Henry Richardson deposed that he was at the "Chequers Inn" on the above evening, in the bar parlour. Towner asked Segrave to go out of the room, as he wanted to have some conversation with him about a deal for a horse. Towner was close to Segrave, when the latter put his arm up and pushed him back. Saw Towner swing his fists about. Heard him say he should like to punch his head if he dared. Didn't think Towner was quite sober.

Cross-examined by Mr. Morgan:— When he saw Towner swing his fists about, could not say if he intended to hit Segrave.

Didn't see him strike plaintiff till he (plaintiff] pushed Towner from him. Segrave was quite sober. Heard very bad language used. They were both much excited, and were separated by a person in the room.

Frederick William Brenchley deposed that he was at the "Chequers" on the night in question. Towner used some very violent language towards Segrave. Segrave said he didn't want any piece of work there. There was a scuffle after that, and blows were struck by both. Some person present interfered to try to part them. Heard Towner say he was only sorry he did not let fly and knock Seagrave down.

Cross-examined:— Did not notice defendant holding up his fist in a most menacing manner, nor anything else that was going on, until he heard the bad language. Would not swear who struck the first blow.

The evidence of the other witnesses for plaintiff, proved that Towner shook his fist in Segrave'e face, when Segrave pushed him away, and the scuffle and blows ensued. None of those witnesses could speak positively as to who struck the first blow.

Mr. Morgan contended that his client had not committed the assault complained of until after he had been pushed by Segrave. His client had simply asked Segrave to complete that bargain for the horse which had been before alluded to. Segrave said "I will have nothing to say to you." This excited Towner, and words were the consequence. It was whilst these words were used that Towner threw his fists about, but he was instructed to deny that they were used in a menacing manner until after his client had been pushed. He should be able to show that the assault would never had occurred, but for the conduct of plaintiff.

Defendant said there had been a dealing between him and the plaintiff respecting a horse. The bargain had never been carried out. On the day in question, he had been to Baron Goldsmid's rent feast in Tunbridge; he was quite sober when he left, at about nine o'clock. Went into the bar parlour at the "Chequers," whilst his horse was being got ready. Several persons were in the bar, amongst them the plaintiff. Went up to him and said "How do you do, sir?" Plaintiff replied, "Oh, I have nothing to say to you." Hit his hand on the table several times, but did not shake his fist in plaintiff's face. He then stated that plaintiff jumped up and struck him; that he did not strike again until after he had been struck. In answer to a question from the judge, he said (inadvertently we suppose) "Segrave told me several times to take my fist out of his face," to which he replied "I haven't yet."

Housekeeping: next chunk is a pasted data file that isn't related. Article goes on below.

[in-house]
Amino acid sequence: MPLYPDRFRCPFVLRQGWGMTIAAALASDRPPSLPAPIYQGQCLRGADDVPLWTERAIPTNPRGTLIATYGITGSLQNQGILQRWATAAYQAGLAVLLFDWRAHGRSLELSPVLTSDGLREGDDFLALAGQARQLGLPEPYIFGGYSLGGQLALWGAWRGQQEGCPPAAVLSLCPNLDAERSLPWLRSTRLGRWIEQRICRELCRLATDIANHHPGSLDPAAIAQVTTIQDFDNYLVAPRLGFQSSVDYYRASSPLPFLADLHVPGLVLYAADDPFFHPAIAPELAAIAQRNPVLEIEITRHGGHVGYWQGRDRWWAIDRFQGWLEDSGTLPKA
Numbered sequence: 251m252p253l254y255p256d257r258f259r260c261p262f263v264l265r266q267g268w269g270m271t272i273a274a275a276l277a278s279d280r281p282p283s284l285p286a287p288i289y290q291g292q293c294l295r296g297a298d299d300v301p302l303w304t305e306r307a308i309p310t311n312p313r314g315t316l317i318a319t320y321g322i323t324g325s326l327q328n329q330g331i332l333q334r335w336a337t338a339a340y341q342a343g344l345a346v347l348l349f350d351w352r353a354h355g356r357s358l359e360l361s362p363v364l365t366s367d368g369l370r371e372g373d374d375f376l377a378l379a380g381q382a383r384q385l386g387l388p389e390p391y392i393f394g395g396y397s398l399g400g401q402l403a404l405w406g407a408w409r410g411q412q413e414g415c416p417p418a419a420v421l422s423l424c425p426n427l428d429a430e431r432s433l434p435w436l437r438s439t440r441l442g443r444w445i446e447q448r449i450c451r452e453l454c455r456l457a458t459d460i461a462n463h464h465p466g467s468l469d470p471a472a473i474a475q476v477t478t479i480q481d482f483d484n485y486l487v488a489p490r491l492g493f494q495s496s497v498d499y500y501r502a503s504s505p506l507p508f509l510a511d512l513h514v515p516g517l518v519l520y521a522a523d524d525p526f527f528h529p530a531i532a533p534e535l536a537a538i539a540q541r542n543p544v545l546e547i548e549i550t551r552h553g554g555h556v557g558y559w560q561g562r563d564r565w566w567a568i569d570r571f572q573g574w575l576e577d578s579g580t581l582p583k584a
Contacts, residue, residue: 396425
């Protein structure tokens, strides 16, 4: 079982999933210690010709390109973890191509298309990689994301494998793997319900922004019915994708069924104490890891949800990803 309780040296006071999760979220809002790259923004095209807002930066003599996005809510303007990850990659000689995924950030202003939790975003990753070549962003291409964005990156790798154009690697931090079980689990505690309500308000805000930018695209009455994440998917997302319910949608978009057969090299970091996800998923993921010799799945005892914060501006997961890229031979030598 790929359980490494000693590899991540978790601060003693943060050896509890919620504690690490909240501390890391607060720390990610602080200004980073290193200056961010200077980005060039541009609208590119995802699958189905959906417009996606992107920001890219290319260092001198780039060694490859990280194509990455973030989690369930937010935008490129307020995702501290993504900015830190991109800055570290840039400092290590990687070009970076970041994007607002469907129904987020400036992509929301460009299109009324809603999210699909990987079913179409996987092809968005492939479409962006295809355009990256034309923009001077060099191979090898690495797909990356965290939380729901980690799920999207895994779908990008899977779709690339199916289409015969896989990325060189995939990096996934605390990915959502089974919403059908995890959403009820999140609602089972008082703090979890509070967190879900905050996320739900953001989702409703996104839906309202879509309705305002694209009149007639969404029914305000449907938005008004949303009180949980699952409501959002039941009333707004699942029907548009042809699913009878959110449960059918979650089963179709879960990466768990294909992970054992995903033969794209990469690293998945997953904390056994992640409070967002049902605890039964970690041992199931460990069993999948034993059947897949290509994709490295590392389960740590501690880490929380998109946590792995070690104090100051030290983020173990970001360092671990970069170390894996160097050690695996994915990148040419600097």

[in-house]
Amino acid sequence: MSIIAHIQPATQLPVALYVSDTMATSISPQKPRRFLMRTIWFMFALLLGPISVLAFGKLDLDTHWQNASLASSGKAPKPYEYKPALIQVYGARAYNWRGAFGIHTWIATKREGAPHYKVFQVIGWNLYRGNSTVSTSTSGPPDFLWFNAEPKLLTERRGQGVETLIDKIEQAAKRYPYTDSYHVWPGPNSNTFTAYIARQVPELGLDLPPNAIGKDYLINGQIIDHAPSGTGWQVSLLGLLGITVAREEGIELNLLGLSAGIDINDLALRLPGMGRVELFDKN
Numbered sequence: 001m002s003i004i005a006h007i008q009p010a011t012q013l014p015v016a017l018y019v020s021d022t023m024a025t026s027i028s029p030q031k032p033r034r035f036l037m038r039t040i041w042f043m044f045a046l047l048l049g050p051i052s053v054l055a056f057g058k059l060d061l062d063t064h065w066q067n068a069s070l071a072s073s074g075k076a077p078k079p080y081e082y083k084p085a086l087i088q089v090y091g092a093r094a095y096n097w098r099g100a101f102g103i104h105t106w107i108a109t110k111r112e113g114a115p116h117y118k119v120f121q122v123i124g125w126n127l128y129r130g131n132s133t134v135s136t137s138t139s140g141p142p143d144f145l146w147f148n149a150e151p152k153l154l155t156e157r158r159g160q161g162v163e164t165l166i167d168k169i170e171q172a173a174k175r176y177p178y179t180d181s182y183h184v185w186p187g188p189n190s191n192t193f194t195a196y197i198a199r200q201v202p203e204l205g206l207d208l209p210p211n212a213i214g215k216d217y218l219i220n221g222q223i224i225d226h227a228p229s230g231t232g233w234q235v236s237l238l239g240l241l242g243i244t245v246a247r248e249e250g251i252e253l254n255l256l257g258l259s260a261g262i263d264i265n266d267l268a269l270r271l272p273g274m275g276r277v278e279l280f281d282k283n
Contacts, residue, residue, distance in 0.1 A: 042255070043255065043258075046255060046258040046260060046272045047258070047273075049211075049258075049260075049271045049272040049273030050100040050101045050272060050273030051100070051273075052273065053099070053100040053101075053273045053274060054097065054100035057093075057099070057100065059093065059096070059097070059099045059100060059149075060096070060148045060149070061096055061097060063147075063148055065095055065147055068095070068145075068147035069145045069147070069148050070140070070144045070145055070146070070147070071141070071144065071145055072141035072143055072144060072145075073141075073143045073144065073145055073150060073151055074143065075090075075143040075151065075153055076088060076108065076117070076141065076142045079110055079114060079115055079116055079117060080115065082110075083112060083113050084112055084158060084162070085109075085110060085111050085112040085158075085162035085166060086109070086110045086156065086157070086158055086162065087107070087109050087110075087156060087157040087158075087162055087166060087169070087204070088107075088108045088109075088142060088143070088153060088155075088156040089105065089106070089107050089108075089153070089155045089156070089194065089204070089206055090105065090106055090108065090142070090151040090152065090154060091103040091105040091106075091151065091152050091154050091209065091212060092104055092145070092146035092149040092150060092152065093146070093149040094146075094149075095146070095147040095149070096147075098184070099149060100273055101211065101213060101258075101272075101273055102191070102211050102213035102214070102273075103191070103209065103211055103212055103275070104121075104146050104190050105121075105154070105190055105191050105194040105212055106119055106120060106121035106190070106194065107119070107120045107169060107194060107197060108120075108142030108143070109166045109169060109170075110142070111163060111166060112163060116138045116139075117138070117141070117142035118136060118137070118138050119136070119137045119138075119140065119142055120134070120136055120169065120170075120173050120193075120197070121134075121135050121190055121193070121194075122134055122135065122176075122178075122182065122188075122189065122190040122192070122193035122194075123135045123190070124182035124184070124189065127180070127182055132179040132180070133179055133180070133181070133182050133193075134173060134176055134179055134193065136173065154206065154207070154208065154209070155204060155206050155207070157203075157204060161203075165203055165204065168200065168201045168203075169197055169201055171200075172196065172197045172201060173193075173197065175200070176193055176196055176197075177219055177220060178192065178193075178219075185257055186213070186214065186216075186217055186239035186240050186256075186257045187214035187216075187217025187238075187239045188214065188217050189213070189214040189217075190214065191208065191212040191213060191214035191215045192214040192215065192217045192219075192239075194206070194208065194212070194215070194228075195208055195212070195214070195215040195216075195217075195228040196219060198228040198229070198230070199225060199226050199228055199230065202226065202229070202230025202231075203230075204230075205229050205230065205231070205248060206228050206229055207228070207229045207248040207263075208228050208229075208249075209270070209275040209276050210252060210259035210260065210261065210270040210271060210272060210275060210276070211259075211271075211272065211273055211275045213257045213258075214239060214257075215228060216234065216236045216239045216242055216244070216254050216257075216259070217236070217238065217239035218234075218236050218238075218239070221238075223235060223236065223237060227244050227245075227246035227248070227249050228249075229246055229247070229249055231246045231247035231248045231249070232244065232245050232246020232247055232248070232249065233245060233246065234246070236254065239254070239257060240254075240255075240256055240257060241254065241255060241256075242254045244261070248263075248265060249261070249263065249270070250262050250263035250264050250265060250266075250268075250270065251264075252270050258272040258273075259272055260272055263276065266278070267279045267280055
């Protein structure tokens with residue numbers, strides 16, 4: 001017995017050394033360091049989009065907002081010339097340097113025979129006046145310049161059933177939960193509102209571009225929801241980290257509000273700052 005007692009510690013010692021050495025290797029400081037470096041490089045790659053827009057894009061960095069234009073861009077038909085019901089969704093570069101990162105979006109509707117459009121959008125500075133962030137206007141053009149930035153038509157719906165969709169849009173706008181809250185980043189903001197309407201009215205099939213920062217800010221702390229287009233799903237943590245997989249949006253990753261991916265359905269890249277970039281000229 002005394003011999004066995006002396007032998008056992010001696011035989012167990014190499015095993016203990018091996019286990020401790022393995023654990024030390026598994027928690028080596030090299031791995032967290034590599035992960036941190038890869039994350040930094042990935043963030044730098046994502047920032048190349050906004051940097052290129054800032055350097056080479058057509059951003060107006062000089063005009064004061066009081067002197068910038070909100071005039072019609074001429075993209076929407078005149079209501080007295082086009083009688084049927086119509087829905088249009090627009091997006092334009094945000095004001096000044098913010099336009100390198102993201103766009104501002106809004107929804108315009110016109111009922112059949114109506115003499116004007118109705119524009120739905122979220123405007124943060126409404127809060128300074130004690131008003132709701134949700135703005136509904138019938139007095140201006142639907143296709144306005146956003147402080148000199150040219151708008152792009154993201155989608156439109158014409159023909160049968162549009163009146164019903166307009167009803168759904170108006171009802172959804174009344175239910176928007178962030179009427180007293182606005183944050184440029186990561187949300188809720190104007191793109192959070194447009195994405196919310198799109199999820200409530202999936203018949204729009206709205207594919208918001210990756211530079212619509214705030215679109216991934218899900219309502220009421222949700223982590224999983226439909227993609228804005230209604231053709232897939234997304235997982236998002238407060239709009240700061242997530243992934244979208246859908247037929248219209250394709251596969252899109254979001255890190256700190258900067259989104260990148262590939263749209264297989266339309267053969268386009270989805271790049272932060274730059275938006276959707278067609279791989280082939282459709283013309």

The Judge:— You had been to Baron Goldsmid's rent feast. I suppose you had a good dinner, and as good eating deserves good drinking, I suppose you also had plenty to drink?

Towner admitted he had plenty of both.

After six witnesses had been examined on behalf of defendant, his Honour said he had carefully considered the evidence brought forward; he believed that although Towner was not so drunk, but that he was capable of taking care of himself, yet he had it from his own mouth that he was carousing for five hours, and he had no doubt he was a little elevated and excitable at anything that was said. The plaintiff was perfectly justified in pushing defendant, away, if he was in any danger of being struck. Defendant thought he was on the wind side of the law, in shaking his fist at him, which was in itself an assault, and plaintiff was perfectly justified in pushing him from him.

Damages 2 2s.

Segrave v. Pack.

This was a case arising out of the last. Pack, in the struggle between Segrave and his friend Towner, seized Segrave by the throat with such force as to endanger his being suffocated.

Damages 2 2s.

 

From the Kent and Sussex Courier, 24 April 1874.

Transfer of licence.

The certificates of the "Chequers Inn," Crescent Road, was transferred from John Evernden to Jesse Isard.

 

From the Kent and Sussex Courier, Friday 5 September 1879.

AN APPLICATION.

Mr. Harris, solicitor, said that it would no doubt be in the recollection of some members of the Bench that on last Tuesday he made an application on behalf of a man for a temporary authority to be given him to carry on the "Chequers’" public-house. The Bench on that occasion refused the application. He believed that a grievous wrong had been done to a very worthy man. However, the landlords were always willing to bow to the decision of the Bench, and no one was more interested in the fact of the house being well conducted. A new tenant had now been found in the person of Edward Jenner, of Tunbridge Wells, of whom Supt. Barnes had received a good character from Supt. Embery, of Tunbridge Wells. He asked that temporary authority should be given to this man to carry on the house, and the application was granted.

 

LICENSEE LIST

JOY Mr 1861+

EVERNDEN John Apr/1874

ISARD Jesse Apr/1874+